Preadolescents reflect on their Drawings of Dance by Mary Stokrocki and Laurie Eldridge
Artmaking can be an important opportunity for students to articulate a sense of self(Daiello, hathaway, Rhoades & Walker, 2006)
Students' identities are built upon and sustained by-often unconscious-identification with media images. By creating opportunities for students to recall experiences and refect upon these experiences, educators can encourage students to explore complex aspects of identity such as ethnicity and race(Daiello, et al.,2006;Gude,2007)
The major reason for dancing was social-for fun and being with friends.
These inner-city, working-class students seemed very social and uninhibited in sharing their dance preferences. Similar to Buckingham's(2000) study, we found inner-city students are uninhibited in sharing their preferences.
Several students explored their identities and ethnicities and the larger social contexts of these individual concerns. Some students started a discussion about skin color and race that held great meaning for many of them. This topic emerged during student's informal conversations for several more class periods.
Students can become alienated from classrooms if their lives are not part of the curriculum(Reynolds,2007). Art educators need to find ways to include in curricula the visual experiences that are liked by and influential upon the students they teach(Duncum, 2000). However, having discussions about sensitive subjects that arise can be difficult, if not impossible, if teachers don't develop classroom protocols that allow such discussion to take place.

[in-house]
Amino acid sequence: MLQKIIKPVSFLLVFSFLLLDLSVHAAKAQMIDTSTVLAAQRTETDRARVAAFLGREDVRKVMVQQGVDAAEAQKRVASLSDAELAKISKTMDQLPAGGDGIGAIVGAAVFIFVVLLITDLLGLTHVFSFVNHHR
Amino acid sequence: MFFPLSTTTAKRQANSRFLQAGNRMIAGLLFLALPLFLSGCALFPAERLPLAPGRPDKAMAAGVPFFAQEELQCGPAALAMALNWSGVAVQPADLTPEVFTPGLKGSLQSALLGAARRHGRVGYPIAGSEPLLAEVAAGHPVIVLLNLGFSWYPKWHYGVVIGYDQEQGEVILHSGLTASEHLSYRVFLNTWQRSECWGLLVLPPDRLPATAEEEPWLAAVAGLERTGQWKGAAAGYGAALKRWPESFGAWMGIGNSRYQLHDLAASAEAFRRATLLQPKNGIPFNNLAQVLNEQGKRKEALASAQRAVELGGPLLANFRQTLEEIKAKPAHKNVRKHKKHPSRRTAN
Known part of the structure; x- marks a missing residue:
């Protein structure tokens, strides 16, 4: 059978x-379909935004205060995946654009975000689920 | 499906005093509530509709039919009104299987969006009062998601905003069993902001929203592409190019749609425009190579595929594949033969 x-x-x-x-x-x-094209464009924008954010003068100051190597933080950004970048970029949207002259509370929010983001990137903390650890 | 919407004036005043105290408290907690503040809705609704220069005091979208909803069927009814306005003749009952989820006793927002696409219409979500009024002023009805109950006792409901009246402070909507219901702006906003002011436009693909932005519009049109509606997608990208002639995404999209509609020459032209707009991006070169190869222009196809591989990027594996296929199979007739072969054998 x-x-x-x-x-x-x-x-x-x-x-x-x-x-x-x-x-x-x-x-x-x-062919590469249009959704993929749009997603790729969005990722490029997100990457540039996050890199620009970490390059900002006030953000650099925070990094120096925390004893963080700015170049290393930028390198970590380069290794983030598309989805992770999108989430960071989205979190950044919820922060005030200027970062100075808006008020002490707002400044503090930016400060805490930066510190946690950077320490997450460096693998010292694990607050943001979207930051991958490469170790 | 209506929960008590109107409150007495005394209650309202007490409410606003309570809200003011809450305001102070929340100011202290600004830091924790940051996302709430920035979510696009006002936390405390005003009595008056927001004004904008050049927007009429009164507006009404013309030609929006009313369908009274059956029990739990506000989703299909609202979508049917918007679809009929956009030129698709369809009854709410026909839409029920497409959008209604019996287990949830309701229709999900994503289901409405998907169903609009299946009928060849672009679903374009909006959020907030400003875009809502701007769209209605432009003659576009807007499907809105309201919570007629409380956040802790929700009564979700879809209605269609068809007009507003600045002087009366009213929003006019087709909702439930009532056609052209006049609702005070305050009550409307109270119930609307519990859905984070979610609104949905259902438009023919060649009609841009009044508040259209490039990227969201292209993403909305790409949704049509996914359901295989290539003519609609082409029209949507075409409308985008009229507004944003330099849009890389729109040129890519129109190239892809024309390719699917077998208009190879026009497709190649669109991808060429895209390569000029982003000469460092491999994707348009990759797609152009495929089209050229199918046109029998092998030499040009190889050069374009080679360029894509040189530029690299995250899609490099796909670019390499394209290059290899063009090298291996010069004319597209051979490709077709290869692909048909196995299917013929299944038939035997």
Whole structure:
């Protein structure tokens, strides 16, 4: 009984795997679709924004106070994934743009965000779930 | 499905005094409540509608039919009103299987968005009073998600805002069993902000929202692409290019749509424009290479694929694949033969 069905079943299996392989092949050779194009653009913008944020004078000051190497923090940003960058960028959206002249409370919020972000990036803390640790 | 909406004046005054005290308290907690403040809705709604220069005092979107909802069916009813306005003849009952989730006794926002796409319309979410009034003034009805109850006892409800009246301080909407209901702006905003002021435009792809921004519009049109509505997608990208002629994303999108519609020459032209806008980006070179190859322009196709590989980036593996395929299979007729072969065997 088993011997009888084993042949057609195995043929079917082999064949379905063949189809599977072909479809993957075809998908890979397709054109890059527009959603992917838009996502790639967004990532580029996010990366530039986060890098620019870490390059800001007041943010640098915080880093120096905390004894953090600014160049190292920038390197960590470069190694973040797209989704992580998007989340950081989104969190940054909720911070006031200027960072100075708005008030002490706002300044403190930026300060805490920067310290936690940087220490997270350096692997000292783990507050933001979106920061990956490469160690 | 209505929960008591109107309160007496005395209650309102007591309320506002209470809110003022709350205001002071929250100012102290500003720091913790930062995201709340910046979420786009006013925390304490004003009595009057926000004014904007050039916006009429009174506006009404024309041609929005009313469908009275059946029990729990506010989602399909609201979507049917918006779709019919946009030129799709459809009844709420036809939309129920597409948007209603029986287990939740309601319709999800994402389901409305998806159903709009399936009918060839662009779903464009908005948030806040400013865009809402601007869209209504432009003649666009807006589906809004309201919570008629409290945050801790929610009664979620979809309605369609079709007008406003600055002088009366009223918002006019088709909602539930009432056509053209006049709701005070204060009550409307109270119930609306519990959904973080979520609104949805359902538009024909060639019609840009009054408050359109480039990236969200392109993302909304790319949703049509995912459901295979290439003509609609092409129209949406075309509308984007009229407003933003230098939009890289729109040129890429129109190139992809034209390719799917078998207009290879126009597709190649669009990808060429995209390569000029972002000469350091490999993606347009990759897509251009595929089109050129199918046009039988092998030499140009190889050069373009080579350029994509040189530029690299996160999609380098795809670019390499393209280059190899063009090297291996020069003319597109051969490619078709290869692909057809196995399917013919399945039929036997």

Students may be dealing with problems at home such as poverty, cultural alienation, helping parents interact with English speakers, and may not have role models in their homes for healthy ways of coping with the stresses and many challenges embedded in these and other situations(Reynolds, 2007)
Students need help at school in developing healthy ways of interacting with one another. Student need to develop the social skills of listening to others, thinking about what they have said, and then responding in ways that are not going to be hurtful to others.
This entails building trust in the classroom between the students and the teacher. The teacher needs skill in developing a warm, welcoming classroom that focuses on positive interaction with students(Garrot, 2002, Brown&Skinner, 2007)
This was a safe way for students and the teacher to engage in a conversation about issues of race and identity.
At the end of the class period Stokrocki asked students why the arts are important and one student summarized, "If there was no art, I'd go insane!".
Myungja Anna Koh